NEW YORK - I miss Hillary.
By Beth Fouhy, Associated Press Writer
While covering the New York senator's White House bid for 18 often-exasperating months, I never imagined writing those words. But now that she's gone, I miss Sen. Hillary Rodham Clinton. Puzzling, infuriating, electrifying Hillary.
I miss her story: the former first lady, freighted with baggage, trying to return to the White House in her own right. I miss watching her morph from entitled, inevitable nominee to scrappy underdog and how much better a candidate she became with her back against the wall.
I miss having a woman in the race and the excitement so many women felt at the prospect of electing the first female president. I miss seeing those women on the rope line at Hillary's campaign events, embracing and whispering to her as though she were their long-lost girlfriend.
I miss watching her shift her views to suit the fast-changing political environment. How her awkward squirm through questions about her vote to authorize the Iraq war gave way to whiskey-swilling populism as the economy went south.
I miss the debates. Hillary amid a group of men, her jewel-toned pantsuits vivid in a sea of gray, navy and cordovan.
I miss wondering which Hillary would show up on a given day.
Would it be angry Hillary, scoffing "Shame on you, Barack Obama"? Would it be self-consciously easygoing Hillary, trying to deflect skeptical questions with a belly laugh? Would it be valedictorian Hillary, primly showing off her knowledge of issues in encyclopedic detail? Or would it be empathic Hillary, hugging voters who shared their stories of medical challenges and lost jobs?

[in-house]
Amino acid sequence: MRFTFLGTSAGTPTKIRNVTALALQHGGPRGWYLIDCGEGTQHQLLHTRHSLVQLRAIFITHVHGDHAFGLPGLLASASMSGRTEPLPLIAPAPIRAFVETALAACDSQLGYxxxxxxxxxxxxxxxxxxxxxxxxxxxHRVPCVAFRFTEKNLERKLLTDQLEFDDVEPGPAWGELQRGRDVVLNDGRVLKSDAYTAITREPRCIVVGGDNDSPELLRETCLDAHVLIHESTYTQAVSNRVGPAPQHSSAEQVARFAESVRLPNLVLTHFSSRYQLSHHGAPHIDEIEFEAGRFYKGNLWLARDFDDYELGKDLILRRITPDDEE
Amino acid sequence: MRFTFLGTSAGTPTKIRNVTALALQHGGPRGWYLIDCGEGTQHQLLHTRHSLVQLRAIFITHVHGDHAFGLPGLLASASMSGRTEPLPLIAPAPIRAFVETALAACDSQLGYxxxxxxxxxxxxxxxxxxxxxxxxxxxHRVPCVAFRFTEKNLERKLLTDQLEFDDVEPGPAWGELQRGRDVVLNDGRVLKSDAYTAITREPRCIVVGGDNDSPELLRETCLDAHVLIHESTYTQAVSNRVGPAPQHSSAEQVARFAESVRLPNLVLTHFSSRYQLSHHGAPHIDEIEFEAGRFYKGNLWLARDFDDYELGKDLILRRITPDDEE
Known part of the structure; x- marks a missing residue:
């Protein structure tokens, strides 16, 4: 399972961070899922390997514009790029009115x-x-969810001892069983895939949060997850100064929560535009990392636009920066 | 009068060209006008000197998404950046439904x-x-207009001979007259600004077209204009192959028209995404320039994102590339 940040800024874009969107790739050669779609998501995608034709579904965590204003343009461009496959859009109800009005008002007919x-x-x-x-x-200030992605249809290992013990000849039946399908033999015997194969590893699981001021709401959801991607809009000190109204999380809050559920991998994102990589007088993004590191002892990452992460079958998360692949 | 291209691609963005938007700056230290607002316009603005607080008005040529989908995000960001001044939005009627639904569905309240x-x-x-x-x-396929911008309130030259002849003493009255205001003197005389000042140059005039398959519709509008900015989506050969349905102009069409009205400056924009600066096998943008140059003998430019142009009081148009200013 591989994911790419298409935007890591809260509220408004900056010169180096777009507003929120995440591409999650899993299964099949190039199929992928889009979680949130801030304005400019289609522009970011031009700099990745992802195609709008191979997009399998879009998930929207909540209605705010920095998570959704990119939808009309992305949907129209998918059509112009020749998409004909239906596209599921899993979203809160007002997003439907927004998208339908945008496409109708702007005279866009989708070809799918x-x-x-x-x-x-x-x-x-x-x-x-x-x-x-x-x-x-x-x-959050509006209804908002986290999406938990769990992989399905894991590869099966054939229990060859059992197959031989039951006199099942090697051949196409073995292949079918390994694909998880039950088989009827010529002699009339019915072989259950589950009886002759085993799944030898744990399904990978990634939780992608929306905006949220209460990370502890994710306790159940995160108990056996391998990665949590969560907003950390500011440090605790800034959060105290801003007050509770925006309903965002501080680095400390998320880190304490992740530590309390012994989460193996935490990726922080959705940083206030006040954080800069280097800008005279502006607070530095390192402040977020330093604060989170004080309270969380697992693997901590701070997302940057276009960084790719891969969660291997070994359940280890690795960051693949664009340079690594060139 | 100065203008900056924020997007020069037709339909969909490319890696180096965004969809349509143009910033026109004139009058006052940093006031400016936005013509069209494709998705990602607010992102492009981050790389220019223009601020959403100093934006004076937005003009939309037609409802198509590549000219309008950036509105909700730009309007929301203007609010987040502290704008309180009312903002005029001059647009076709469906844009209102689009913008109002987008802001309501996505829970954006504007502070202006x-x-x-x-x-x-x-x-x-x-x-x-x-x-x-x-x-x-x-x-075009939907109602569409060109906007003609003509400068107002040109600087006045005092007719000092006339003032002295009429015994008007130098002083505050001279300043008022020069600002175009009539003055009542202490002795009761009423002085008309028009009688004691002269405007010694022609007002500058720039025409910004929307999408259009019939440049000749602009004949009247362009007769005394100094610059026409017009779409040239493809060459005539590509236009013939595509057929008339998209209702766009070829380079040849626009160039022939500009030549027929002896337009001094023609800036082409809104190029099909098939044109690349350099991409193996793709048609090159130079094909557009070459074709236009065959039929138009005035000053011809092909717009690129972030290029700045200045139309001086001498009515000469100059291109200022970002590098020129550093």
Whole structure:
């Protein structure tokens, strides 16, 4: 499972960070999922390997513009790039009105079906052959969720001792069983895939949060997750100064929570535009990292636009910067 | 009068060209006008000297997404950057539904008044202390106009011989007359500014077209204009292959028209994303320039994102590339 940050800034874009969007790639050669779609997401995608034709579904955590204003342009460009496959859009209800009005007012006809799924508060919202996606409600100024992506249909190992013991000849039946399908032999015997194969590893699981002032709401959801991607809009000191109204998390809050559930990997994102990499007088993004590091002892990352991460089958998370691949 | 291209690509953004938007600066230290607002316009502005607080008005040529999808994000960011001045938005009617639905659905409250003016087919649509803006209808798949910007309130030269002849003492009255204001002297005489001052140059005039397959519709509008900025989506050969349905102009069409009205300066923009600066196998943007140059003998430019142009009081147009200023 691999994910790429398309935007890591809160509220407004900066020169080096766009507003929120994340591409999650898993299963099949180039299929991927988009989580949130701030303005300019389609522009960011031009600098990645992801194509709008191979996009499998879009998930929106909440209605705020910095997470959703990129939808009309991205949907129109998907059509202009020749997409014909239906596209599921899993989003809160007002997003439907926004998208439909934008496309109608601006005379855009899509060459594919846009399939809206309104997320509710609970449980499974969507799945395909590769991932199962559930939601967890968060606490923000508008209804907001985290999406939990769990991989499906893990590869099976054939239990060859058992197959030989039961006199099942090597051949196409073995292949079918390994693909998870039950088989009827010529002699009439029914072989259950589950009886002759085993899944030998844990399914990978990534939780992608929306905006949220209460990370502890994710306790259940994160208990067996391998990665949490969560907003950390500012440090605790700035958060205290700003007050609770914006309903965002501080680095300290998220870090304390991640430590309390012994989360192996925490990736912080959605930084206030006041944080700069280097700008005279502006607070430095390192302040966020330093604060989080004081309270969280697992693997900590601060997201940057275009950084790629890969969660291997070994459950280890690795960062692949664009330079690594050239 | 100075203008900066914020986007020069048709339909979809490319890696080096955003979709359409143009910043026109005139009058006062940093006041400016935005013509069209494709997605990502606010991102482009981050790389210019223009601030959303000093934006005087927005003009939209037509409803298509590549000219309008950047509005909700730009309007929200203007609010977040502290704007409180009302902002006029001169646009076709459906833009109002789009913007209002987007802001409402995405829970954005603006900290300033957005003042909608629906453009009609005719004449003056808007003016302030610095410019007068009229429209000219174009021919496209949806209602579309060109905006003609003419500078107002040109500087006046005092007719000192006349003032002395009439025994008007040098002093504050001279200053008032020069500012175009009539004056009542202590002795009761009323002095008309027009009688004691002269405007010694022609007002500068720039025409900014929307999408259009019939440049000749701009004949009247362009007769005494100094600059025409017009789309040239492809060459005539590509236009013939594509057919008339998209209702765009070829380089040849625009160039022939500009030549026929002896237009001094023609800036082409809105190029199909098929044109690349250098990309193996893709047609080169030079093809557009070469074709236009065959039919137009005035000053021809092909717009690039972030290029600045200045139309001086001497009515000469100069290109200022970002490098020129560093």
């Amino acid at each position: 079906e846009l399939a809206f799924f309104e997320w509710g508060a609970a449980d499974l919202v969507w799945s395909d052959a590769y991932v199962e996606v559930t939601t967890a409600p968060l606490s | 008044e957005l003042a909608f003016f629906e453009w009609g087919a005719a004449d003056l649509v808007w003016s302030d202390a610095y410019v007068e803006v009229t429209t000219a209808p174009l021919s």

I miss Amy Poehler's wide-eyed, smug impersonation of Hillary on "Saturday Night Live."
I miss the raging arguments over the allegedly sexist treatment Hillary received from the political press corps. Whether true or not, it was a soul-searching debate worth having.
I miss the drama, which comes in such abundance around the Clintons.
Hillary's tall tale of dodging sniper fire in Bosnia. Bill Clinton's purple-faced rages — his political skills, once legendary, finally showing their age. Chelsea Clinton campaigning for her mother, cutting off questions about Monica Lewinsky with an icy glare.
Most of all, I miss the historic nature of the primary: The most serious female candidate ever to seek the presidency competing with Barack Obama, the most viable black contender. Watching two boundary-breaking figures vying for the hearts, minds and votes of the Democratic electorate was both riveting and moving.
Part of the letdown is personal. I logged thousands of miles on her campaign plane from the day after Christmas until she dropped out in early June, so I was privileged to watch the race play out across the country in real time.
And part of my disillusionment comes from watching the two "unconventional" nominees, Obama and Republican John McCain, behave like garden variety politicians.
Both candidates have changed their positions on a host of key issues despite promises of principled stands and straight talk. Their staffs hold dueling media calls and fill reporters' inboxes with e-mail spitballs.
Sure, Hillary and her crew were guilty of the same. But now she's gone and I miss her.
Yes, I know the fall campaign will still prove to be compelling — Obama's message of hope and generational change against McCain's sense of honor and duty.
Right now they're mostly shadow boxing, settling in for the real battle to come. And it's summer, the slow period before both parties hold their conventions. The millions of voters who drove primary participation to record levels are certainly entitled to a little time off.
But no matter what, I still miss Hillary.
Note: I just read somewhere that Obama is considering Chuck Hagel, a Republican, as a potential VP candidate. A Republican. Wtf?